Diamond of Death ♦
Carlos Zapa Hernandez
MD, Specialist in critical medicine and intensive care / tactical and operative medicine, Colombia
It is well supported that patients who continue to suffer from shock (or hypoperfusion) are at increased risk of morbidity and mortality attributable to hypothermia, coagulopathy, and acidosis. These three conditions collectively known as the lethal triad, serve as the fundamental physiological insult that describe the mechanisms of action of disseminated intravascular coagulopathy and drive current hemorrhagic shock resuscitation efforts. Hypothermia, defined as a core temperature below 35 ° C, exerts deleterious effects on hemostasis by inhibiting thromboxane-A2, causing a reduction in local vasoconstriction and platelet aggregation at the site of injury, in addition to altering the rate at which the enzymatic process occurs throughout the coagulation cascade.
Furthermore, hypothermia is associated with a leftward shift of the hemoglobin dissociation curve and a reduction in myocardial contractility, leading to reduced oxygenation of tissues and an increased oxygen debt state. These mechanisms described above are directly correlated with coagulopathy and acidosis as irreversible shock progresses through the lethal triad.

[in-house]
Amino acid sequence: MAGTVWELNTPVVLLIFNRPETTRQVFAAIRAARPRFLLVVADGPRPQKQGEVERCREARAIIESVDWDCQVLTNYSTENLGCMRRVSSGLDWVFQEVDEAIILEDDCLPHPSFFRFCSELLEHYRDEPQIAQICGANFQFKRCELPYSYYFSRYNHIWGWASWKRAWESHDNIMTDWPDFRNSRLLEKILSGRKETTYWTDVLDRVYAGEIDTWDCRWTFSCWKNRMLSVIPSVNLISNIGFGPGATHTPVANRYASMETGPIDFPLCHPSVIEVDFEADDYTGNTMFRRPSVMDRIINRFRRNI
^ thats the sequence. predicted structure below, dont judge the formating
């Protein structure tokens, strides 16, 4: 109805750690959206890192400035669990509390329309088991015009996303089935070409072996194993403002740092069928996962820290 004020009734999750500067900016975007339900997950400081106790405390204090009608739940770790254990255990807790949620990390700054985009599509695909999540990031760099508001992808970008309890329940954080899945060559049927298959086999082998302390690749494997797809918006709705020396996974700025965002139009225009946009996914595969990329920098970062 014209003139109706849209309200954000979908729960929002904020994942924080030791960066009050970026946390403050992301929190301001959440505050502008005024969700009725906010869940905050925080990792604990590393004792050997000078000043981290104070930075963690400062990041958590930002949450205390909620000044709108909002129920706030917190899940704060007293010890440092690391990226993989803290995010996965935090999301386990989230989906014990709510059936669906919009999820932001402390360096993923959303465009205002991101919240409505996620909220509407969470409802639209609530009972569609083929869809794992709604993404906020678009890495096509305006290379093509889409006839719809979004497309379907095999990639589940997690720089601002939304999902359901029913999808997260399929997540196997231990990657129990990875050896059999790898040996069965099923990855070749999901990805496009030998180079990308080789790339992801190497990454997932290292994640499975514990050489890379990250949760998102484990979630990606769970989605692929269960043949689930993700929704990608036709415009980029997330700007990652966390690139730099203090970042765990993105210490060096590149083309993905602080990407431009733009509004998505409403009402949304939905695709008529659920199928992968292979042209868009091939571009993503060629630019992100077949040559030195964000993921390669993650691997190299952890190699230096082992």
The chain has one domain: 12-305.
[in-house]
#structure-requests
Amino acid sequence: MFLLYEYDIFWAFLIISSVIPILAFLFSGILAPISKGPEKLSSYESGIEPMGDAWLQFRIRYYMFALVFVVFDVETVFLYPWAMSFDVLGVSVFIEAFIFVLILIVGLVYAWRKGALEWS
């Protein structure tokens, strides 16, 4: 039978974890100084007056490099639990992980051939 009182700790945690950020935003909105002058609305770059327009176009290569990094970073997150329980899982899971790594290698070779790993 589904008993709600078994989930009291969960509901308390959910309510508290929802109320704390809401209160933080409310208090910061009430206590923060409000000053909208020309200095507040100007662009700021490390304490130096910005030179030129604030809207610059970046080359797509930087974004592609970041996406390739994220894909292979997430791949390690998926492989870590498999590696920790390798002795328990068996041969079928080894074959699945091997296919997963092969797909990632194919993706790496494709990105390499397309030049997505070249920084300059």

Coagulopathy can be further exacerbated by hemodilution of platelets and coagulation factors due to the use of CRISTALOIDS. A review of cases and studies has shown the prevalence of hypocalcemia in trauma and the need to address this deficiency in the treatment of seriously injured patients. From this, it is hoped to promote directed research in the management of hypocalcemia in trauma and to support the recently published guidelines on trauma management that explain this gap in trauma-induced coagulopathy.
We believe that early identification and correction of hypocalcemia in this patient population could be a missing link for the management and prevention of trauma-induced coagulopathy and effectively change the descriptor of the lethal triad to THE LETHAL DIAMOND ♦
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Why is it so important? Remember that the diamond of death in trauma is acidosis, coagulopathy, hypocalcemia, and HYPOTHERMIA. These 4 factors will lead our patient to certain death if…Lue artikkeli »